The 5 big questions I’ve been asking myself since becoming a professional blogger

Writing, as Molière said, is like prostitution.

First you do it for love, then for a few close friends, and then for money.

Molière, of course, wasn’t on Tumblr. But blogging, to me, feels basically the same.

I’ve been blogging for about 6 years. Several months ago, I went pro.

And ever since, I have this awkward moment of doubt when introducing myself.

Interlocutor: Nice to meet you, Daniel. What do you do?

Me: Well, I’m a professional blogger.

Interlocutor:

Me: Oh, you know. Gotta do something.

In my head I’m thinking, Is blogging even a real job? Should I come up with some sort of euphemism? Why does no-one seem overly impressed when I say it? Is it secretly the dorkiest thing in the universe? Maybe I should have kept my job at the Safeway back home… oh yeah, they fired me. But the car wash seemed interested in an interview.

Etc etc etc.

In any case, here I am. And these are the questions I’ve been asking myself, as I lie awake at night, contemplating my strange new pro-blogging existence.

1. How exactly did this happen?

It’s weird.

I wake up in the mornings, and I write. I sell the stuff I write. And somehow, this has been paying my rent. I consider myself, all in all, to be incredibly lucky.

I’ve met dozens, perhaps hundreds, of wannabe writers in my life, as well as a few “real” pro writers, and at this point I can say one thing: what differentiates the pros from the wannabes is pretty simple. We sit our asses down and do the work.

And then, we’re willing to put it out and accept the criticism that comes our way.

Ponder this:

Waiting for inspiration is for amateurs.

Credit for that idea should go to Steven Pressfield. It’s not exactly a direct quote. But I recommend you read his books The War of Art, and / or Do the work.

Just trust me.

Or how about this piece of timeless wisdom:

Thinking about being a writer is never going to pay your bills.

Credit for that one: Mr Chorizo. Change “writer” for whatever other creative pursuit you’re interested in, and it still applies.

Thinking about being a musician? A painter? A YouTube star?

Better actually start practicing and doing the work… ’cause thinking about it isn’t going to get you anywhere.

2. Is it all just clickbait, in the end?

I don’t know.

My working title for this article is “Some thoughts on the writing process”.

But (and this is a big but)…

I know that if I actually publish it with that title, maybe 3 or 4 of my friends will take the time to read it. And otherwise, it’ll be condemned to obscurity. And that’s okay. I’m content to have this blog mired in the backwaters of the internet, where nobody ever goes except by accident.

But there’s another part of me that thinks, “What if there’s a million aspiring young writers out there who are just dying to bask in the fuzzy glow of my hard-earned wisdom? Aren’t I doing them a disservice as long as I stay in the shadows? Shouldn’t I do everything possible to make sure the warm fuzziness makes it onto their Facebook feed, somehow?”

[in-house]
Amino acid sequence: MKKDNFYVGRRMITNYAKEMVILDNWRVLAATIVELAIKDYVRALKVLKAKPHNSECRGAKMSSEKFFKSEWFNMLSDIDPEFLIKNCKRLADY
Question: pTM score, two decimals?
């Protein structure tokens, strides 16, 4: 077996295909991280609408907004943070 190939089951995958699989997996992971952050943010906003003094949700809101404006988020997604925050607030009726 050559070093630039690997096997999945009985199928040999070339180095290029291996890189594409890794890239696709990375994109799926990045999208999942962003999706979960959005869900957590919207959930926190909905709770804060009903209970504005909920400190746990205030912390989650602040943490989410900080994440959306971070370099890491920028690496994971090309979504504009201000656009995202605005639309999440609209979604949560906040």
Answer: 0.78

So I go back and I think of a better headline. Then I re-write the article to fit that headline. Then I re-write the article to make it easier to read.

Then I re-write the article again, to…

Well, you get the idea.

daniel spanish forest

Maybe the road goes nowhere, but it sure is a nice walk… Sequeros, Salamanca Province, Spain

I guess if you’re the New York Times, you feel some obligation to bore people with headlines in the passive voice and big words that prove you went to college. Maybe it’s written down in your style manual.

Kill me now.

I guess it works for them. But I didn’t go to college. (Well, barely.) I don’t have to please an editor. And the passive voice bores me to tears.

I have some respect for the Times. Usually. (I wrote an article their style, at one point, just as an exercise: As Boomers Near Death, Inane Blathering about Millennials Increases.)

And I don’t particularly like clickbait either. But here’s the thing. We are here, on the internet, with 24 other browser windows open, and if you bore people with the headline they’re not going to click. If you bore them with the first sentence, you’re done.

Better make it interesting.

I spend a lot of time these days imaging headlines for every situation. I write and re-write. I read everything aloud before clicking publish. I try to make it simple, imagining that somebody is reading it on the bus, or on the toilet, or whatever.

Without these things, I’d probably be dead broke.

So listen close, aspiring bloggers. Hard-earned wisdom here: you’ve got about 5 seconds to earn someone’s interest.

Make the most of it.

3. Am I a sellout?

Maybe.

But thankfully, the part of me that really takes terms like “sellout” seriously died long ago. Writing? Prostitution? As long as it gets me out of having to find a “real” job.